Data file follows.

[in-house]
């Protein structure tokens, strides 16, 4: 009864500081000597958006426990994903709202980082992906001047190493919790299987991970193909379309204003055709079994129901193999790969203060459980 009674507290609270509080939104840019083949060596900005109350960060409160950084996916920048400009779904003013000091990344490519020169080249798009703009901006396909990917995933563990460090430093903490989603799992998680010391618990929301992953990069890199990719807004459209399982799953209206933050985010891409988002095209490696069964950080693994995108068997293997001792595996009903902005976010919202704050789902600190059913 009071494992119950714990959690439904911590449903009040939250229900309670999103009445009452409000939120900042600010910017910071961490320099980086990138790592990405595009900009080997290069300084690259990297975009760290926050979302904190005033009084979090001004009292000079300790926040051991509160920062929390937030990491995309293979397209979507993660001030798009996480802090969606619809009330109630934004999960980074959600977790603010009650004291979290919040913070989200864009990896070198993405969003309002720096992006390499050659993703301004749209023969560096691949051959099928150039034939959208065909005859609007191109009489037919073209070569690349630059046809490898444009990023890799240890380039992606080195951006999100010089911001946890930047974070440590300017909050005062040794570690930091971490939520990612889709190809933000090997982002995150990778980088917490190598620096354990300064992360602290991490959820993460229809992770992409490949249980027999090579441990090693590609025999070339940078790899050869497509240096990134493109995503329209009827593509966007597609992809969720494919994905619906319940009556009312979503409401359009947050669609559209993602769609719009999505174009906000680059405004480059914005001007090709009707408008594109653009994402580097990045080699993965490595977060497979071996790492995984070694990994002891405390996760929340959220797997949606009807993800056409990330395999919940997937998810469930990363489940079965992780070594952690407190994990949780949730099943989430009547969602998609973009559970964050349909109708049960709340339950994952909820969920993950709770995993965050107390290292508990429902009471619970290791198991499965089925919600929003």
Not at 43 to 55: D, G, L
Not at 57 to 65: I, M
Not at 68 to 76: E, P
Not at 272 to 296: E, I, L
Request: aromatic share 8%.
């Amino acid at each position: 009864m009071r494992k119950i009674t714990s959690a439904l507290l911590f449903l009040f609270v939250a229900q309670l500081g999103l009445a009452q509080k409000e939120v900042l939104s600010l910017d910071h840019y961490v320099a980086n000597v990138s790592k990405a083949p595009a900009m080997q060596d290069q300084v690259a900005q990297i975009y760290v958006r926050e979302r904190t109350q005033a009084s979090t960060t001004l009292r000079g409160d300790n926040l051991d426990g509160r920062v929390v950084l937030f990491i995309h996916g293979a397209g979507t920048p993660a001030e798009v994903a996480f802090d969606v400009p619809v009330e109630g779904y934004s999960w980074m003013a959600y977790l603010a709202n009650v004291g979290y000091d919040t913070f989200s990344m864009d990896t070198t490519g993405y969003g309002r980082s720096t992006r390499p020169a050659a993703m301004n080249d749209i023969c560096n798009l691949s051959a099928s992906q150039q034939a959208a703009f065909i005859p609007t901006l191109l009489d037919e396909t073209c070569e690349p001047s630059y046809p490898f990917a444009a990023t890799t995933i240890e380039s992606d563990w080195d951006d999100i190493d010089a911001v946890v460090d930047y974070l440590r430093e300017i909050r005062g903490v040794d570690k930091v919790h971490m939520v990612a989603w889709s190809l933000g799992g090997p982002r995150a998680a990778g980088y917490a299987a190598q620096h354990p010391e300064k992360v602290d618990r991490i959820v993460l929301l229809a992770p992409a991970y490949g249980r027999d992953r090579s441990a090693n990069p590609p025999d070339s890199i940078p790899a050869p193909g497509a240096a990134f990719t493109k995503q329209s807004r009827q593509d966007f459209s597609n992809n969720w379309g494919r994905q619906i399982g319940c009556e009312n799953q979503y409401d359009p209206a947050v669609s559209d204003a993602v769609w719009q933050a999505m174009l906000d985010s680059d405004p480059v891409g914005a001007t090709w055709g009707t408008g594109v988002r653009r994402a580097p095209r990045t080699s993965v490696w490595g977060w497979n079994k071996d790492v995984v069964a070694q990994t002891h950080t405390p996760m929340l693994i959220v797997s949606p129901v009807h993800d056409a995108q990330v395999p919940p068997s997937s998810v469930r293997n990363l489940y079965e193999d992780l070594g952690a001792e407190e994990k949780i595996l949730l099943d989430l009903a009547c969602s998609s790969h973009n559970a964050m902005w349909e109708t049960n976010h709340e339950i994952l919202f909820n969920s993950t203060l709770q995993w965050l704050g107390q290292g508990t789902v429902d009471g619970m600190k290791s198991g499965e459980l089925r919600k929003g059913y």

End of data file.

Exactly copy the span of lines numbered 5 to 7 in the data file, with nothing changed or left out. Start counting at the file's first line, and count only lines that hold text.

Not at 68 to 76: E, P
Not at 272 to 296: E, I, L
Request: aromatic share 8%.